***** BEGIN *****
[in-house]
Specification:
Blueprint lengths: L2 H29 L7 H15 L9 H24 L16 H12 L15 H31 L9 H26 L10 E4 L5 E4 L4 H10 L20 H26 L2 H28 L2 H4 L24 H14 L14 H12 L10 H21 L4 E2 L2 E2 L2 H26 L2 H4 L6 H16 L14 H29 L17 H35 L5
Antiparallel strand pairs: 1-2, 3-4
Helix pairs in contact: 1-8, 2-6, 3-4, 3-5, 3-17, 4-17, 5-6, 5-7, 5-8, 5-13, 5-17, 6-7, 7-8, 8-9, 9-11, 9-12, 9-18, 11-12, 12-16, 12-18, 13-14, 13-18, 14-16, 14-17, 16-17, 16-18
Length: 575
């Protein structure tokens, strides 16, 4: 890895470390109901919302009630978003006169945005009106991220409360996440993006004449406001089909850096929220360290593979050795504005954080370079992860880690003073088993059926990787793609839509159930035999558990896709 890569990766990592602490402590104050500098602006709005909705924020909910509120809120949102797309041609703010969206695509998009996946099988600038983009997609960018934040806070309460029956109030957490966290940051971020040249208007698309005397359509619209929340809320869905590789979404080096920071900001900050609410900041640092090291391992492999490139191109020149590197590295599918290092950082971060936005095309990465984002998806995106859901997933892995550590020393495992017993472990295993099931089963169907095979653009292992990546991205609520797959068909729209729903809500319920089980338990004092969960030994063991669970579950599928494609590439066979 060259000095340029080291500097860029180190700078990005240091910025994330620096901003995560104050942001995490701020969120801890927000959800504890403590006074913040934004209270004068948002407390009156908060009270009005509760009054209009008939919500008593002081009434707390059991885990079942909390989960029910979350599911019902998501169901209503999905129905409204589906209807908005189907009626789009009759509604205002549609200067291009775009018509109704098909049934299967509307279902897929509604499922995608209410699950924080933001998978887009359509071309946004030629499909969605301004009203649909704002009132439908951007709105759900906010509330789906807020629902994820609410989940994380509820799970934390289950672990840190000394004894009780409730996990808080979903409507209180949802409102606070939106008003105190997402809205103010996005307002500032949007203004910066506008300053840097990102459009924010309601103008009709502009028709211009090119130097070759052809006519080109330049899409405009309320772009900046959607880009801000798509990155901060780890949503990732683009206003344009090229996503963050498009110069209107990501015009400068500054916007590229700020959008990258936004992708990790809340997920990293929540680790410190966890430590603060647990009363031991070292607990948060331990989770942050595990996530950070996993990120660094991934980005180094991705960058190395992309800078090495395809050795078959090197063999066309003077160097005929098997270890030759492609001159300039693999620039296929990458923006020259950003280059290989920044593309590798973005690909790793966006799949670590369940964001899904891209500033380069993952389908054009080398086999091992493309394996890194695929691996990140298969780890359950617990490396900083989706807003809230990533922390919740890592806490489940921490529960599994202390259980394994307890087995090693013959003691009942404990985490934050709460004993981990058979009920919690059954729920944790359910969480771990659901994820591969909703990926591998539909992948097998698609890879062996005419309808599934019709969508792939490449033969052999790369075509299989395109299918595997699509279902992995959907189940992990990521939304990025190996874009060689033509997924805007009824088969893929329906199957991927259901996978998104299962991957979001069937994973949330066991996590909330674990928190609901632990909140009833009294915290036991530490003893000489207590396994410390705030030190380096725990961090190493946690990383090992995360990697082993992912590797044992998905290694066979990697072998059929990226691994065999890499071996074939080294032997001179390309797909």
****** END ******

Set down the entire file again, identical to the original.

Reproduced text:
[in-house]
Specification:
Blueprint lengths: L2 H29 L7 H15 L9 H24 L16 H12 L15 H31 L9 H26 L10 E4 L5 E4 L4 H10 L20 H26 L2 H28 L2 H4 L24 H14 L14 H12 L10 H21 L4 E2 L2 E2 L2 H26 L2 H4 L6 H16 L14 H29 L17 H35 L5
Antiparallel strand pairs: 1-2, 3-4
Helix pairs in contact: 1-8, 2-6, 3-4, 3-5, 3-17, 4-17, 5-6, 5-7, 5-8, 5-13, 5-17, 6-7, 7-8, 8-9, 9-11, 9-12, 9-18, 11-12, 12-16, 12-18, 13-14, 13-18, 14-16, 14-17, 16-17, 16-18
Length: 575
């Protein structure tokens, strides 16, 4: 890895470390109901919302009630978003006169945005009106991220409360996440993006004449406001089909850096929220360290593979050795504005954080370079992860880690003073088993059926990787793609839509159930035999558990896709 890569990766990592602490402590104050500098602006709005909705924020909910509120809120949102797309041609703010969206695509998009996946099988600038983009997609960018934040806070309460029956109030957490966290940051971020040249208007698309005397359509619209929340809320869905590789979404080096920071900001900050609410900041640092090291391992492999490139191109020149590197590295599918290092950082971060936005095309990465984002998806995106859901997933892995550590020393495992017993472990295993099931089963169907095979653009292992990546991205609520797959068909729209729903809500319920089980338990004092969960030994063991669970579950599928494609590439066979 060259000095340029080291500097860029180190700078990005240091910025994330620096901003995560104050942001995490701020969120801890927000959800504890403590006074913040934004209270004068948002407390009156908060009270009005509760009054209009008939919500008593002081009434707390059991885990079942909390989960029910979350599911019902998501169901209503999905129905409204589906209807908005189907009626789009009759509604205002549609200067291009775009018509109704098909049934299967509307279902897929509604499922995608209410699950924080933001998978887009359509071309946004030629499909969605301004009203649909704002009132439908951007709105759900906010509330789906807020629902994820609410989940994380509820799970934390289950672990840190000394004894009780409730996990808080979903409507209180949802409102606070939106008003105190997402809205103010996005307002500032949007203004910066506008300053840097990102459009924010309601103008009709502009028709211009090119130097070759052809006519080109330049899409405009309320772009900046959607880009801000798509990155901060780890949503990732683009206003344009090229996503963050498009110069209107990501015009400068500054916007590229700020959008990258936004992708990790809340997920990293929540680790410190966890430590603060647990009363031991070292607990948060331990989770942050595990996530950070996993990120660094991934980005180094991705960058190395992309800078090495395809050795078959090197063999066309003077160097005929098997270890030759492609001159300039693999620039296929990458923006020259950003280059290989920044593309590798973005690909790793966006799949670590369940964001899904891209500033380069993952389908054009080398086999091992493309394996890194695929691996990140298969780890359950617990490396900083989706807003809230990533922390919740890592806490489940921490529960599994202390259980394994307890087995090693013959003691009942404990985490934050709460004993981990058979009920919690059954729920944790359910969480771990659901994820591969909703990926591998539909992948097998698609890879062996005419309808599934019709969508792939490449033969052999790369075509299989395109299918595997699509279902992995959907189940992990990521939304990025190996874009060689033509997924805007009824088969893929329906199957991927259901996978998104299962991957979001069937994973949330066991996590909330674990928190609901632990909140009833009294915290036991530490003893000489207590396994410390705030030190380096725990961090190493946690990383090992995360990697082993992912590797044992998905290694066979990697072998059929990226691994065999890499071996074939080294032997001179390309797909």